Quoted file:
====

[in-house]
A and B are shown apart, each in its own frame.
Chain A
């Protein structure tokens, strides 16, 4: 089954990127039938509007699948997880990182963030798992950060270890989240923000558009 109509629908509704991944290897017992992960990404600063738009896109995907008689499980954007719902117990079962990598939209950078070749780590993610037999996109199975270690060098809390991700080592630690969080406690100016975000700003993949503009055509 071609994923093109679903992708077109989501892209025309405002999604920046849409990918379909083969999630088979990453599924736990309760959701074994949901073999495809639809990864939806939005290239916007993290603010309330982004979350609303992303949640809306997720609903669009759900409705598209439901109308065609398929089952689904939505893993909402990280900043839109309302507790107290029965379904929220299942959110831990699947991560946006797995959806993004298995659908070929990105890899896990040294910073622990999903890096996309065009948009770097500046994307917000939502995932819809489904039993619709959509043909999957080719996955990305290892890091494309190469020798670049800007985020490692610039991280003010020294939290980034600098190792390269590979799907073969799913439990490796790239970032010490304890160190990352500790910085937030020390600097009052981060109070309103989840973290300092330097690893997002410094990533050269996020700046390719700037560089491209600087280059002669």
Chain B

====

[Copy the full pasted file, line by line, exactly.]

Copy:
[in-house]
A and B are shown apart, each in its own frame.
Chain A
């Protein structure tokens, strides 16, 4: 089954990127039938509007699948997880990182963030798992950060270890989240923000558009 109509629908509704991944290897017992992960990404600063738009896109995907008689499980954007719902117990079962990598939209950078070749780590993610037999996109199975270690060098809390991700080592630690969080406690100016975000700003993949503009055509 071609994923093109679903992708077109989501892209025309405002999604920046849409990918379909083969999630088979990453599924736990309760959701074994949901073999495809639809990864939806939005290239916007993290603010309330982004979350609303992303949640809306997720609903669009759900409705598209439901109308065609398929089952689904939505893993909402990280900043839109309302507790107290029965379904929220299942959110831990699947991560946006797995959806993004298995659908070929990105890899896990040294910073622990999903890096996309065009948009770097500046994307917000939502995932819809489904039993619709959509043909999957080719996955990305290892890091494309190469020798670049800007985020490692610039991280003010020294939290980034600098190792390269590979799907073969799913439990490796790239970032010490304890160190990352500790910085937030020390600097009052981060109070309103989840973290300092330097690893997002410094990533050269996020700046390719700037560089491209600087280059002669």
Chain B